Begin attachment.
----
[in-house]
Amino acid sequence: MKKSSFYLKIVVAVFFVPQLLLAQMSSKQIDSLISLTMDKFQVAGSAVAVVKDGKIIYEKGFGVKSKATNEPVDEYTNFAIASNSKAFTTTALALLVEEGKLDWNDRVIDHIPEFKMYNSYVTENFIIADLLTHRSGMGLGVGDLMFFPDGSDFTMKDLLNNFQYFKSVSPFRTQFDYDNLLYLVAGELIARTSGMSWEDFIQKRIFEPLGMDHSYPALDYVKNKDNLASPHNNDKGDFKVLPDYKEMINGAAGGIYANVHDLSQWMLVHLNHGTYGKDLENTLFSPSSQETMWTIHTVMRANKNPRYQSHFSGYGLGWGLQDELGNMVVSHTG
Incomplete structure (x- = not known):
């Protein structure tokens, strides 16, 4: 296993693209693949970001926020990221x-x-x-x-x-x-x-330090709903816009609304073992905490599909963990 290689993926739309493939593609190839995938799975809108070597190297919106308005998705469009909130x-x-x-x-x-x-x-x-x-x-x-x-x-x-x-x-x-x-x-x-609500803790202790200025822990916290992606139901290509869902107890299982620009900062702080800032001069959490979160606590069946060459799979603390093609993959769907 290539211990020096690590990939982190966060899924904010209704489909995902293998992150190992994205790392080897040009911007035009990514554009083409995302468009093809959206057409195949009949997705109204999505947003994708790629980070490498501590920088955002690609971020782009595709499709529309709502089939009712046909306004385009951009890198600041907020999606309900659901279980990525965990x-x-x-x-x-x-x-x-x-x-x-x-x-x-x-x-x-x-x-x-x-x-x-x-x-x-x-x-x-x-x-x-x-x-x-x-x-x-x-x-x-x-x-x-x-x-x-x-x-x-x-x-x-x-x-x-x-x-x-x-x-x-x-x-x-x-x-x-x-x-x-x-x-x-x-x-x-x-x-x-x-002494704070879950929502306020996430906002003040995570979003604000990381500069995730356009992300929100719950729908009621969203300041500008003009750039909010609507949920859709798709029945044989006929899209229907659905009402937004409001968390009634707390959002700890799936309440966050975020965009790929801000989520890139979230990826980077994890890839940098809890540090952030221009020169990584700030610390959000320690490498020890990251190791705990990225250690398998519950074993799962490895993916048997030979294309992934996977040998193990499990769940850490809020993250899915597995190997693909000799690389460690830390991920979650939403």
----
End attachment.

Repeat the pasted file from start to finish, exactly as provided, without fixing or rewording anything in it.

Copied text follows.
[in-house]
Amino acid sequence: MKKSSFYLKIVVAVFFVPQLLLAQMSSKQIDSLISLTMDKFQVAGSAVAVVKDGKIIYEKGFGVKSKATNEPVDEYTNFAIASNSKAFTTTALALLVEEGKLDWNDRVIDHIPEFKMYNSYVTENFIIADLLTHRSGMGLGVGDLMFFPDGSDFTMKDLLNNFQYFKSVSPFRTQFDYDNLLYLVAGELIARTSGMSWEDFIQKRIFEPLGMDHSYPALDYVKNKDNLASPHNNDKGDFKVLPDYKEMINGAAGGIYANVHDLSQWMLVHLNHGTYGKDLENTLFSPSSQETMWTIHTVMRANKNPRYQSHFSGYGLGWGLQDELGNMVVSHTG
Incomplete structure (x- = not known):
């Protein structure tokens, strides 16, 4: 296993693209693949970001926020990221x-x-x-x-x-x-x-330090709903816009609304073992905490599909963990 290689993926739309493939593609190839995938799975809108070597190297919106308005998705469009909130x-x-x-x-x-x-x-x-x-x-x-x-x-x-x-x-x-x-x-x-609500803790202790200025822990916290992606139901290509869902107890299982620009900062702080800032001069959490979160606590069946060459799979603390093609993959769907 290539211990020096690590990939982190966060899924904010209704489909995902293998992150190992994205790392080897040009911007035009990514554009083409995302468009093809959206057409195949009949997705109204999505947003994708790629980070490498501590920088955002690609971020782009595709499709529309709502089939009712046909306004385009951009890198600041907020999606309900659901279980990525965990x-x-x-x-x-x-x-x-x-x-x-x-x-x-x-x-x-x-x-x-x-x-x-x-x-x-x-x-x-x-x-x-x-x-x-x-x-x-x-x-x-x-x-x-x-x-x-x-x-x-x-x-x-x-x-x-x-x-x-x-x-x-x-x-x-x-x-x-x-x-x-x-x-x-x-x-x-x-x-x-x-002494704070879950929502306020996430906002003040995570979003604000990381500069995730356009992300929100719950729908009621969203300041500008003009750039909010609507949920859709798709029945044989006929899209229907659905009402937004409001968390009634707390959002700890799936309440966050975020965009790929801000989520890139979230990826980077994890890839940098809890540090952030221009020169990584700030610390959000320690490498020890990251190791705990990225250690398998519950074993799962490895993916048997030979294309992934996977040998193990499990769940850490809020993250899915597995190997693909000799690389460690830390991920979650939403």